National Maritime Museum to publish lavish new book revealing the powerful human stories behind its important map collection
On Thursday 19 May 2022, the National Maritime Museum is publishing A is for Atlas: Wonders of Maps and Mapping, a highly illustrated celebration of cartography from the thirteenth century to today.
Maps can be so much more than how to get from A to B. The map collection at the National Maritime Museum comprises approximately 40,000 maps, charts, globes and atlases. A is for Atlas is a compendium of rare, valuable and intriguing objects from the collection, including a sixteenth-century map of the world replacing the face of a jester, a nineteenth-century inflatable globe and a twentieth-century waterproof map that saved lives during the Second World War.
Spanning eight centuries, A is for Atlas reveals the myriad ways humanity has sought to record the world around us and the skies above. The book prompts readers to look at the world through different perspectives, such as a 1567 map of the world where the northern hemisphere is at the bottom. In addition to maps of countries and continents, celestial globes try to unlock the secrets of the stars and the features of the Moon are recorded in ever more minute detail as scientists and astronomers learnt more and arranged data in innovative ways.
The oldest object in the book is a manuscript map of Mesopotamia by Abu Ishaq Ibrahim ibn Muhammad al-Farisi al-Istakhri, dated before 1282. It reveals part of a textual tradition of geographical manuscripts that lasted for almost a millennium. Mountain ranges are illustrated in a deep red with floral and geometric patterns, while the rivers Tigris and Euphrates flow across the page in a majestic blue.
The most recent object is a football globe made for Mark Wallinger’s First World War centenary artwork, One World by Mark Wallinger. This 2018 football is a photographic representation of the Earth as seen from satellite imagery. This globe was commissioned to mark the centenary of the First World War, commemorating the ‘Christmas Day ceasefires’ that took place on the Western Front in 1914.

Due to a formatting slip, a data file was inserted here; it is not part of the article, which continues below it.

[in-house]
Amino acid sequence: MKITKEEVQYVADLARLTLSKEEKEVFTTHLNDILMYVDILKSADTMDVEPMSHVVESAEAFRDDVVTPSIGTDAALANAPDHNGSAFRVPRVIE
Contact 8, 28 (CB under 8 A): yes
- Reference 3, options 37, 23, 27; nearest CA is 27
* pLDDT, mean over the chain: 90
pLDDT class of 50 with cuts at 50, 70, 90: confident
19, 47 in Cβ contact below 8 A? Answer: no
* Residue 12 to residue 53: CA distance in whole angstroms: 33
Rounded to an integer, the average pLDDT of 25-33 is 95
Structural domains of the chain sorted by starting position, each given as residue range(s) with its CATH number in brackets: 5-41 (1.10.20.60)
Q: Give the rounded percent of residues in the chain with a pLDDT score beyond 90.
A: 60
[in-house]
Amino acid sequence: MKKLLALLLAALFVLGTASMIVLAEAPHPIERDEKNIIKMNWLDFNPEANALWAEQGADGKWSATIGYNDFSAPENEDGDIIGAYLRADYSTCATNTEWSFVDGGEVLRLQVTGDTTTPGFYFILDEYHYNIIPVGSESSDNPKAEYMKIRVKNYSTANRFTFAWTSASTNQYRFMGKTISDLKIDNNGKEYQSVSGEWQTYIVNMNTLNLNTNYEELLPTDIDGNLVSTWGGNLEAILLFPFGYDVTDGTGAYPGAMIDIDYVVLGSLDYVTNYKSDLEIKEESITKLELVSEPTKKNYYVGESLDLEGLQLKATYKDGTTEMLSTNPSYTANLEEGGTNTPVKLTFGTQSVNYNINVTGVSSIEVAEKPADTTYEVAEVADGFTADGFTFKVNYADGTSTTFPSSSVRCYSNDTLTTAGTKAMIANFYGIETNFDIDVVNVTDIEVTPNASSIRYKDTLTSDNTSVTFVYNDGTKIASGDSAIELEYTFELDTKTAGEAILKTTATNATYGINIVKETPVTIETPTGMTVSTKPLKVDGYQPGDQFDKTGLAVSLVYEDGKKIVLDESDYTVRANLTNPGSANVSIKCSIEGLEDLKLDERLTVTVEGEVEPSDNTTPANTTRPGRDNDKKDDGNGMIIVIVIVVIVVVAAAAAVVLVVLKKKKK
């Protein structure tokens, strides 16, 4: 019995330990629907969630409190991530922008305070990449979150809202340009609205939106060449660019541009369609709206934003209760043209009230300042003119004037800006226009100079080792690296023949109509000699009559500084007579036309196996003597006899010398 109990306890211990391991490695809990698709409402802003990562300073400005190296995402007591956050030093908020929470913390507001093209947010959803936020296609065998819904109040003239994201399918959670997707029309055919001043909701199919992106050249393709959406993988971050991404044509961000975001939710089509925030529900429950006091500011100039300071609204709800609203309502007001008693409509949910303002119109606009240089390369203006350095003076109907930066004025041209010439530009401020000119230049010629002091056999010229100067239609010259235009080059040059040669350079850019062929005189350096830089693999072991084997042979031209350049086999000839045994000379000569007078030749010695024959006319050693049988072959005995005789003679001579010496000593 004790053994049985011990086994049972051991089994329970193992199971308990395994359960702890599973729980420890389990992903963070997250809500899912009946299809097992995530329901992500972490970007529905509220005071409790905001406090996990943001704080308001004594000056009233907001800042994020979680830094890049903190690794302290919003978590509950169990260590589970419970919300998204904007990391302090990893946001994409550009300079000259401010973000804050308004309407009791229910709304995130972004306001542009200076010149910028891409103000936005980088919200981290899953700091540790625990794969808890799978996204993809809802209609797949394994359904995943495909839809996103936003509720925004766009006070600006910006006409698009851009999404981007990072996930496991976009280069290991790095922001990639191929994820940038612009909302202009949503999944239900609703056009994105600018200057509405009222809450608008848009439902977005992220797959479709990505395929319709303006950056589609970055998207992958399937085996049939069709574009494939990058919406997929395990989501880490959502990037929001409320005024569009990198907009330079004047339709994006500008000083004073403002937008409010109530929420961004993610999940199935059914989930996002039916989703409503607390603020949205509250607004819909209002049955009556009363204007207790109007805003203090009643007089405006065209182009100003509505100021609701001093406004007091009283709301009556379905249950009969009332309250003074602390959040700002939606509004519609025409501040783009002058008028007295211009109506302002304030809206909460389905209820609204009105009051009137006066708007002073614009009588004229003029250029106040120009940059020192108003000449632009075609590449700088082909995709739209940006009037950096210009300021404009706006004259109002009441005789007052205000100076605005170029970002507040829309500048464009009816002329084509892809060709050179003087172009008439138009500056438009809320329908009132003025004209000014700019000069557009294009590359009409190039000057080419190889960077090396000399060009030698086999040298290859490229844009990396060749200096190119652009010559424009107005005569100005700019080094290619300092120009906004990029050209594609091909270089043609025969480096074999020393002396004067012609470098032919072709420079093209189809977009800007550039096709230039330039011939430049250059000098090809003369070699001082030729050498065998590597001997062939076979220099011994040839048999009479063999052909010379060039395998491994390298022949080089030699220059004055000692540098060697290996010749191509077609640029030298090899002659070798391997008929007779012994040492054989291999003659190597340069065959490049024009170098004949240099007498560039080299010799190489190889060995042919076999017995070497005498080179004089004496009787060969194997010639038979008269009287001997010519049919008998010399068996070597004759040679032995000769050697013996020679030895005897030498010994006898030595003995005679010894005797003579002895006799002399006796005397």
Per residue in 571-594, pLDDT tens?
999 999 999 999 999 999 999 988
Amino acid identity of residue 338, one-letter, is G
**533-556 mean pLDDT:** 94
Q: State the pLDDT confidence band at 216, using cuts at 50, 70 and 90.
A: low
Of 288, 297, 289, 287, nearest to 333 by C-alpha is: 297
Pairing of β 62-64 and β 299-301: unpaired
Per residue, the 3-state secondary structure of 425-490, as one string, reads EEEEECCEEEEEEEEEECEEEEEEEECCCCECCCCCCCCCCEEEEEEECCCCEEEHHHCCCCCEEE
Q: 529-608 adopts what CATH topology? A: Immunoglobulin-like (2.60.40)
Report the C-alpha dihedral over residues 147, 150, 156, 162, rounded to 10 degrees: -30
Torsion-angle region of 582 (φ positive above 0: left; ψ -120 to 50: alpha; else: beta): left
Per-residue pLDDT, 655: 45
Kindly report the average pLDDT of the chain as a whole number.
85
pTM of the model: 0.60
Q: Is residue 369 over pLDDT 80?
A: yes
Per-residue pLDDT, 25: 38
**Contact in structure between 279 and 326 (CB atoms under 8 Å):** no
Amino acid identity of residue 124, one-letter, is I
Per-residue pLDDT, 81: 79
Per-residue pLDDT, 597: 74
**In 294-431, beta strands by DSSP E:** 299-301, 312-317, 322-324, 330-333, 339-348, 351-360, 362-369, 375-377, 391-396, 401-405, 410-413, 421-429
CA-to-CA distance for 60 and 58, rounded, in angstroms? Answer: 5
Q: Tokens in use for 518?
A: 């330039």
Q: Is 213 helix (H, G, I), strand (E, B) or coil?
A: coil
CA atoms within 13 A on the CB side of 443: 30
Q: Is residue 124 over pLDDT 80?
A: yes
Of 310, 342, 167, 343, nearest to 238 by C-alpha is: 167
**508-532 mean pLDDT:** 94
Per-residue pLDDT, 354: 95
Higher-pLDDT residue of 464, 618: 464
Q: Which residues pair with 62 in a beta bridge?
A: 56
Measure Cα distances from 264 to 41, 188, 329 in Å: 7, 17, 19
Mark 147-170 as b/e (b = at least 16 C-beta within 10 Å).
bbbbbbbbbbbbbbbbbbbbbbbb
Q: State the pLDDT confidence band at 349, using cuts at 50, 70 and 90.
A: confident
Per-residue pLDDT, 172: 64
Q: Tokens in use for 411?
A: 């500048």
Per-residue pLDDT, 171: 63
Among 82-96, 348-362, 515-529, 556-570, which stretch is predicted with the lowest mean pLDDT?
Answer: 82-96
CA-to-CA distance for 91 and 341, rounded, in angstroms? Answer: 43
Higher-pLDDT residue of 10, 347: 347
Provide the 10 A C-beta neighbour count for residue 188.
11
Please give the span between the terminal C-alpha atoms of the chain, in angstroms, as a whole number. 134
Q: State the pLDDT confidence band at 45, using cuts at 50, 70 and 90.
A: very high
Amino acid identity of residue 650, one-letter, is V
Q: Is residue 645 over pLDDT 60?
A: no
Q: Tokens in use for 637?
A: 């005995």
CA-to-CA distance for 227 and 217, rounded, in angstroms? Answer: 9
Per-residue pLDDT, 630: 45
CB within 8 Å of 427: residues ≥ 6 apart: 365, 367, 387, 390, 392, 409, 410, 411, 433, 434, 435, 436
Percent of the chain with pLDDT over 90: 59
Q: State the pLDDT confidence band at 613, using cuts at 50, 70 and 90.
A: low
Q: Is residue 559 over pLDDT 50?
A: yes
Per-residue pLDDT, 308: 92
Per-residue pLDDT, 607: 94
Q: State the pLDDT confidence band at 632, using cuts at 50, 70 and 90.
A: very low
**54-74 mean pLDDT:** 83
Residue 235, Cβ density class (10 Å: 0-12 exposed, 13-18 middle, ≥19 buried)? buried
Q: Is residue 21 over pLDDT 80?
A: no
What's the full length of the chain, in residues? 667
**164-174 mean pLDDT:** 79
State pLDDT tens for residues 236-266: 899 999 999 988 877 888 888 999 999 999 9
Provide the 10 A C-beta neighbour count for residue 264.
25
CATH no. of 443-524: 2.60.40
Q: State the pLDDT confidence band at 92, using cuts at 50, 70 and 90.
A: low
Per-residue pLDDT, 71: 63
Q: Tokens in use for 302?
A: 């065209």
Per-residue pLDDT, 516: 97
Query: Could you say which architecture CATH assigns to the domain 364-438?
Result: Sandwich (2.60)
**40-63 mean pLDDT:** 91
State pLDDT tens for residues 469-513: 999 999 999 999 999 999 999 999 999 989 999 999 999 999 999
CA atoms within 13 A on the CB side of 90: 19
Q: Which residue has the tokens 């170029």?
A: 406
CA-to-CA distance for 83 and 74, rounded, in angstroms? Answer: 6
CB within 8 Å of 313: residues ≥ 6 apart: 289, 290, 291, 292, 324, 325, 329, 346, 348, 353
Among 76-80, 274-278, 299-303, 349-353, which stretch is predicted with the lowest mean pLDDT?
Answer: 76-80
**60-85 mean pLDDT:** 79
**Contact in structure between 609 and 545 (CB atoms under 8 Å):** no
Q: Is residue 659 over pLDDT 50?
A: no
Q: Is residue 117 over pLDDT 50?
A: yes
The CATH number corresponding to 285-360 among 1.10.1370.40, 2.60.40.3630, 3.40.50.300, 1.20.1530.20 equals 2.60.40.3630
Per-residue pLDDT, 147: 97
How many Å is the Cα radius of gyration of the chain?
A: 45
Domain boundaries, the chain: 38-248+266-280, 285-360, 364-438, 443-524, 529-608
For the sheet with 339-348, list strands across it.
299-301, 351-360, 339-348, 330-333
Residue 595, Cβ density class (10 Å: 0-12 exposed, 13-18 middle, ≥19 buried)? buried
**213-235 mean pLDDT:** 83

Rather than approach the collection chronologically, A is for Atlas draws on the collection in twenty-six themes, including ‘commemoration’, ‘manuscript’, ‘sea monsters’ and ‘treasure’. Its global outlook encourages the reader to think differently about what a map can be and do. A small digital graphic that circulated on WhatsApp in 2015 showing Arabic-speaking refugees ‘The Road to Germany’ sits beside an abandoned eighteenth-century attempt to straighten the Thames. A stick chart made in the Marshall Islands, a tool used by Marshallese seafarers for thousands of years to learn the patterns of the ocean in order to navigate between islands, is displayed alongside a nineteenth-century nautical globe, revealing how different cultures have used maps as a learning aid.
A is for Atlas showcases objects which, due to their fragile nature, cannot be placed on long-term display for the public. This book is therefore an excellent resource for accessing and exploring the National Maritime Museum's map collection.
The book also shows the results of an investigation into a nineteenth-century globe. An endoscope was fed through a hole in a Newton & Son terrestrial table globe from 1842, offering Dr Barford an unusual view – the inside of a globe. The investigation revealed proof pages from various books of the Bible lining the inside and supporting the papier-mâché hemispheres.
A new acquisition also makes its debut appearance in A is for Atlas. In 2021, the National Maritime Museum acquired Liquid Traces: The Left to Die Boat Case, a video made by Forensic Oceanography researchers Lorenzo Pezzani and Charles Heller. It shows the route of a small boat that was carrying seventy-two people away from Libya in 2011. It was left adrift for fourteen days and sixty-three passengers died. This map interrogates the policies and practices of migrant vessels in distress in overlapping jurisdictions being abandoned. Maps often show the limits of national borders but can also reveal how these lines are contested and the consequences of their imposition.
About the Author
Dr Megan Barford is Curator of Cartography at Royal Museums Greenwich. Their research has focused on nineteenth-century British Admiralty charts, charting and navigation, and twentieth-century map collecting. In 2017, they received an Art Fund New Collecting Award to build a collection of contemporary cartography concerned with forced migration.
Publication Date: Thursday 19 May 2022
Format: 250 x 225 mm
Extent: 256 pp.
Images: Over 150 colour images
Notes to editors:
The National Maritime Museum holds the world’s largest maritime collection. It is part of Royal Museums Greenwich which also incorporates the Royal Observatory Greenwich, the 17th-century Queen’s House and clipper ship Cutty Sark. This unique collection of museums and heritage buildings, which form a key part of the Maritime Greenwich UNESCO World Heritage Site, welcomes visitors from around the world every year and is a major centre of education and research. The mission of Royal Museums Greenwich is to enrich people’s understanding of the sea, the exploration of space, and Britain's role in world history. For more information visit www.rmg.co.uk.
For further information or images, please contact:
Victoria Mottram, Royal Museums Greenwich Press Office
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